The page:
Your Employer Just Placed You on a PIP- What Now???

By the time you’re placed on a Performance Improvement Plan, chances are that your employer has already decided to terminate you. In this case, the goal isn’t really to improve your work, but to create a paper trail demonstrating poor performance in order to justify firing you. Generally speaking, an “at-will” employee can be terminated at any time for any reason, except an illegal one (discrimination, retaliation, etc.), or for no reason. However, in order to minimize the possibility of being sued for wrongful termination, a company will often try to document a history of poor performance in order to demonstrate the legitimacy of an employee’s termination. One of the most commonly used methods of showing poor performance is to place the employee on a Performance Improvement Plan (“PIP”). Regardless of the circumstances, if you’ve been placed on a PIP, you should consult with an employment lawyer right away. An experienced employment attorney can advise you on how to best navigate the PIP process.

So, how do you determine whether your employer is using a PIP as a means to fire you?

Theoretically, a PIP is supposed to give you a fair chance to improve your job performance. But
in reality, that’s rarely the case. Review the PIP itself for certain telltale signs that improvement
of your performance is not the true objective, including:

  • Failure to identify any specific performance deficits in need of improvement.
  • Unrealistic goals, the achievement of which are outside your reasonable control with
    regard to time, resources, general scope of duties, etc.
  • Goals that are so vague or ill-defined that regardless of your efforts, your employer
    could easily claim that you failed to meet them.
  • An experienced employment attorney can go through the PIP with you point by point to help
    shed light on your employer’s possible motives.

What should you do if you suspect that you’ve been placed on a PIP as a means to pave the way for your termination?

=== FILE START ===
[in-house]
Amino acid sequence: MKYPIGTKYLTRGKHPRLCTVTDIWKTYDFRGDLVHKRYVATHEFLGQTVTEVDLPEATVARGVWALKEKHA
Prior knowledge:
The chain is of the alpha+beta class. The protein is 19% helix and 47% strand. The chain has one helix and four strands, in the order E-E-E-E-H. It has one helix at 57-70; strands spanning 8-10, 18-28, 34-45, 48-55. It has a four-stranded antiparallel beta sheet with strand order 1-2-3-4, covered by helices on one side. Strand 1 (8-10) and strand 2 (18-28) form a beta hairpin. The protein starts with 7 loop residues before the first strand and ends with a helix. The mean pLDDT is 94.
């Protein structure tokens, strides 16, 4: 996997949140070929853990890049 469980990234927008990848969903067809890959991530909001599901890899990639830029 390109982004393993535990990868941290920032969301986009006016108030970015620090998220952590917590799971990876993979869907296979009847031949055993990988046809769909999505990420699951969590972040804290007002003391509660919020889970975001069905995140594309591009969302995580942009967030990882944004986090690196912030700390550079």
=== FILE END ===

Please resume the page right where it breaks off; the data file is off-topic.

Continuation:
Despite the fact that you’re likely hurt and angry at being treated unfairly, try to remain as rational and strategic as possible. If you’re asked to sign a notice, first review the PIP carefully with your attorney, adding your own comments. Note each point you wish to clarify or rebut with your supervisor:
  • Document any misleading accounts of your past work performance, noting why they are inaccurate, and ask for modification.
  • Ask for clarification on any vague or ill-defined objective, or propose a more concrete goal.
  • Document and ask about any goal that appears to be outside the scope of your regular job duties.
  • Wherever possible, suggest goals that are objective and quantifiable.
  • Where you believe a goal is unrealistic or not reasonably obtainable, explain why.
  • Where a goal depends on factors beyond your control, explain these circumstances.
  • If you need additional resources or help in achieving the goals in the PIP, ask for them.
  • Ask for a frequent feedback schedule (weekly or monthly) on your performance under the PIP.
Be sure to return a copy of the PIP with your notes and comments to your supervisor AND to HR, requesting that it be kept in your personnel file.

Try your best to complete the PIP successfully

Even if you believe the writing’s on the wall that you’re inevitably going to be terminated at the end of your PIP, you still need to do everything possible to show that your job performance had nothing to do with the decision.

Document everything! Your employer is relying on the PIP as part of the paper trail that will be used to fire you. But you can protect yourself by creating your own paper trail. An experienced employment attorney can advise you on how to best document what happens during the PIP period. Such advice may include the following:

  • After each feedback session, email your supervisor and HR with a recap of what happened. Make sure to rebut any feedback with which you disagree.
  • Document each step you take to comply with the PIP. Also note whether you’re getting the feedback, resources, or other help that you’ve been promised.
  • Document any positive feedback you receive, no matter how minor. If the feedback is in an email, print and save it. If it’s verbal, write it down.
  • Email regular reports to your supervisor and to HR, documenting your achievement of each goal set forth in your PIP.

Evaluate your case. So, if it has nothing to do with your performance, what is the real reason your employer placed you on a PIP? The critical question is whether there is any evidence that the real reason for your PIP is illegal. Do you suspect that the PIP is just an excuse to get rid of you because of your race, age, disability, filing a worker’s comp or whistleblower claim, complaining about harassment or some other unlawful reason? As experienced employment attorneys, Saluck, Halper and Lehrman can help you assess the situation, navigate your PIP and determine your legal options. If you’ve been placed on a PIP, contact us immediately for a free consultation by calling (800) 961-7884 or emailing us at info@employ-law.com.